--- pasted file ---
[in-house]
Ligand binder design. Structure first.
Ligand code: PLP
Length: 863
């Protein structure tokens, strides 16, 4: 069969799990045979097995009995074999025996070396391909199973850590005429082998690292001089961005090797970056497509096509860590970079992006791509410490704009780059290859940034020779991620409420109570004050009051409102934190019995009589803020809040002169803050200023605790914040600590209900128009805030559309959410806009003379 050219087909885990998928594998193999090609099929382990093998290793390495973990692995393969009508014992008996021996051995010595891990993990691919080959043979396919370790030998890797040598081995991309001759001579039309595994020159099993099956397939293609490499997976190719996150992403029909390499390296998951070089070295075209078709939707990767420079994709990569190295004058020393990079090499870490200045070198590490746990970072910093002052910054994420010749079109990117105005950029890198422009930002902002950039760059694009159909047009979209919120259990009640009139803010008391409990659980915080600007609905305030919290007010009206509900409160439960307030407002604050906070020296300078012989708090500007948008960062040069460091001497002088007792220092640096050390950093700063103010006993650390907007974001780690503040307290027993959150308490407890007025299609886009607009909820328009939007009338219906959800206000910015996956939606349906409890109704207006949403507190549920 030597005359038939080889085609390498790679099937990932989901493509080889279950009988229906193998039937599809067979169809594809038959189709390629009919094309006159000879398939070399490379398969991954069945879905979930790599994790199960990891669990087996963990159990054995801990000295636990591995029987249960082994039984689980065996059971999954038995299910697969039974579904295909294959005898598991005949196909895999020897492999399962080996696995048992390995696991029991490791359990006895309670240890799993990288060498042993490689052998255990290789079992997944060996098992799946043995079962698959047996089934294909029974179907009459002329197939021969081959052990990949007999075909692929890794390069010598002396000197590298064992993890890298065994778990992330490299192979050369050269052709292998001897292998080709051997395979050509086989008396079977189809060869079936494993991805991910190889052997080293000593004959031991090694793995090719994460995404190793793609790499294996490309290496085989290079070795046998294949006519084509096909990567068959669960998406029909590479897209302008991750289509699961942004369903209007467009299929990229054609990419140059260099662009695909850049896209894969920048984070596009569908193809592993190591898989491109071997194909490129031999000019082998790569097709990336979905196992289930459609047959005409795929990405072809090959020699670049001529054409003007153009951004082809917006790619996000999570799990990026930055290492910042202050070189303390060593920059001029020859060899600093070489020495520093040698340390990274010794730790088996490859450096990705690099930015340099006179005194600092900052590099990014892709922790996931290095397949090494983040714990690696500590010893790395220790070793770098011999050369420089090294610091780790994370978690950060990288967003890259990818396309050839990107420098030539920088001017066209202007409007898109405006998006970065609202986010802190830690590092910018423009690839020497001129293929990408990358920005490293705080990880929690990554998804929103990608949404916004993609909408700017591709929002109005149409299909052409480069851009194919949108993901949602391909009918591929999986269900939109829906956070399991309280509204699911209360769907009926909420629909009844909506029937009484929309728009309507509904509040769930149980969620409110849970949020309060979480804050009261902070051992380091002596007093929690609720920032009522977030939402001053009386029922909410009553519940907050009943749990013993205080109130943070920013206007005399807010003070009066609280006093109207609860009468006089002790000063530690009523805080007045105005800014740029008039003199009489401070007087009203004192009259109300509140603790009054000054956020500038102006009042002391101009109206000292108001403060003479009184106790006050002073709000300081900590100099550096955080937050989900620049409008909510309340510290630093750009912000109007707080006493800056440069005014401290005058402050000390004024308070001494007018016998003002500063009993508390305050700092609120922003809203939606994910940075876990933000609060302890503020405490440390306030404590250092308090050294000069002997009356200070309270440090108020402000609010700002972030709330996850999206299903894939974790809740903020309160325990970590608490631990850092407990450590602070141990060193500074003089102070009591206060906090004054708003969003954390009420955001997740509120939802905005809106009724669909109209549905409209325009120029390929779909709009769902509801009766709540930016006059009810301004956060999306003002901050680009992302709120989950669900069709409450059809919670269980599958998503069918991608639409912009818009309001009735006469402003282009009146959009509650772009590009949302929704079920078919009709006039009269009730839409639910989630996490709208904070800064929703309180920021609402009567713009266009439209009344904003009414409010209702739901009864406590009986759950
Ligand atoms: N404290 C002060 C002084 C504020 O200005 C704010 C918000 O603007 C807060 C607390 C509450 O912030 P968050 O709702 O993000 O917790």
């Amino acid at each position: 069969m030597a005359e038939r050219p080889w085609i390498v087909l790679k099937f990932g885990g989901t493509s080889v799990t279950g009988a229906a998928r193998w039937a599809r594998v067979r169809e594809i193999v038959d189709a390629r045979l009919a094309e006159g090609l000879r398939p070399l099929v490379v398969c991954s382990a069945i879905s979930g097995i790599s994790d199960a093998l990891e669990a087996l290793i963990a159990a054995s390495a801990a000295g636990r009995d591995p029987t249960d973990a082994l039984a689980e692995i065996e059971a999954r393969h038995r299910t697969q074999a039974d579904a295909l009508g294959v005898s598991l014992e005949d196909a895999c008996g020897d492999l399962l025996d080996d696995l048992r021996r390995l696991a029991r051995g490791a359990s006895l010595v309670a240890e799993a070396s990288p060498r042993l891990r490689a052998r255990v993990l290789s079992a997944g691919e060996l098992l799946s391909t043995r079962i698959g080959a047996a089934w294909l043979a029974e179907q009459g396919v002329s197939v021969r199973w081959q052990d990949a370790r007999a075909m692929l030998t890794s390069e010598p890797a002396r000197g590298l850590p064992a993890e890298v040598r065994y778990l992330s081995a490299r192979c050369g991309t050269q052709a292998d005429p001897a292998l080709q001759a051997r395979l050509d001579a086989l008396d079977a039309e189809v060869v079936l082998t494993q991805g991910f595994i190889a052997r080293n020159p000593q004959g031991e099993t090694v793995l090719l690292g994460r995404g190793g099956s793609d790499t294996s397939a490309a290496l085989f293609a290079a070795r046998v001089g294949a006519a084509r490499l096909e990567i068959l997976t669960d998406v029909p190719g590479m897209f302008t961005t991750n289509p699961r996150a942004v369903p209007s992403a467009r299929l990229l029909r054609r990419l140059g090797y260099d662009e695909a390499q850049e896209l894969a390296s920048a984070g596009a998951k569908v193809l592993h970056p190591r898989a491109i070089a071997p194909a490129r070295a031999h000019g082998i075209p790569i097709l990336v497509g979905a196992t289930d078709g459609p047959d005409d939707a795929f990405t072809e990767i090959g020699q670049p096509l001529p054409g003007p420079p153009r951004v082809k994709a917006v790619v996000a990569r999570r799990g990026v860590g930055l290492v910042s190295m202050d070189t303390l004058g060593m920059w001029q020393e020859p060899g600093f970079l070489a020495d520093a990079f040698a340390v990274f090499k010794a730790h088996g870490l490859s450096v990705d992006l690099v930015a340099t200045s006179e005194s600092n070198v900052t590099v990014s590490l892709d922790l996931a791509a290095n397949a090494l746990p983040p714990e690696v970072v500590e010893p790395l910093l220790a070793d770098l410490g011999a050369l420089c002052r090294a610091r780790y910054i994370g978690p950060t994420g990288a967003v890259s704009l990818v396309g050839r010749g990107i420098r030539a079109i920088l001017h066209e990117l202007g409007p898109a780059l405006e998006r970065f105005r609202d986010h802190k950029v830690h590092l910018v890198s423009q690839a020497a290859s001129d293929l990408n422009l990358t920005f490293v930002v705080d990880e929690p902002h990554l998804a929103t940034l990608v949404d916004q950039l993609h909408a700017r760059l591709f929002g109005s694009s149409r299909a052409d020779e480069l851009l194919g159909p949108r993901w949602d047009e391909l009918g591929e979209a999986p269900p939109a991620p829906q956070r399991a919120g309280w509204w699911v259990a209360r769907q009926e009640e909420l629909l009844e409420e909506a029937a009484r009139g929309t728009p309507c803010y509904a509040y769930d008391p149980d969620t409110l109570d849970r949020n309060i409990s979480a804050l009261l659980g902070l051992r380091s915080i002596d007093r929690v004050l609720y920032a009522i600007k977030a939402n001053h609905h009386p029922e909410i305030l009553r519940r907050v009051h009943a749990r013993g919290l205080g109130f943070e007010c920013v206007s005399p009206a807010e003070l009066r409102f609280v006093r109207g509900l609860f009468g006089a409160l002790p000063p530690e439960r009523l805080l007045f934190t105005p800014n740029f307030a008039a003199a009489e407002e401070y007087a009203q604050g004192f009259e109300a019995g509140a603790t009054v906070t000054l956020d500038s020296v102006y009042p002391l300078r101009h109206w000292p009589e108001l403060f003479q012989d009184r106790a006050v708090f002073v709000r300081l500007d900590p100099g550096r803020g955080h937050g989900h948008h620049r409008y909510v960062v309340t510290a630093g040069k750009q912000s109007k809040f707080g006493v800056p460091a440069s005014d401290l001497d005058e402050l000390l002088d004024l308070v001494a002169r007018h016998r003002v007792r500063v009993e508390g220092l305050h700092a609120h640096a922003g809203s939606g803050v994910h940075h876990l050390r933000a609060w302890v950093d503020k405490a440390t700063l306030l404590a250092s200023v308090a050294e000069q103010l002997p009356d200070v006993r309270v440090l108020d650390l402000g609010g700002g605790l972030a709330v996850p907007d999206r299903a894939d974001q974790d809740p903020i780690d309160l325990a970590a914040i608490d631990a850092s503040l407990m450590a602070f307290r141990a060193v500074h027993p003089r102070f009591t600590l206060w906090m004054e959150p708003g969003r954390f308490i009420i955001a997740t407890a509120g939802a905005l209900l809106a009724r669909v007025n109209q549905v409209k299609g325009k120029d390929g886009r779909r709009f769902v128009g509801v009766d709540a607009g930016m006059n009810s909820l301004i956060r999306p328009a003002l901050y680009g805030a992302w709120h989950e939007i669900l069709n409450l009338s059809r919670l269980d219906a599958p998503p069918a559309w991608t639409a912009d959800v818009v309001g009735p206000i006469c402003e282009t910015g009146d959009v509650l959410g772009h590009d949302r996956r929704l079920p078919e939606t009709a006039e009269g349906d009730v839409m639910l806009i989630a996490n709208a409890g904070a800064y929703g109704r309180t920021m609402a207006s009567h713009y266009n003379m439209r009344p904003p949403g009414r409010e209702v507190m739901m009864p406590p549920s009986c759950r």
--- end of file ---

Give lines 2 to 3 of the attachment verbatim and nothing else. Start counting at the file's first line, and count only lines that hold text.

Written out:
Ligand binder design. Structure first.
Ligand code: PLP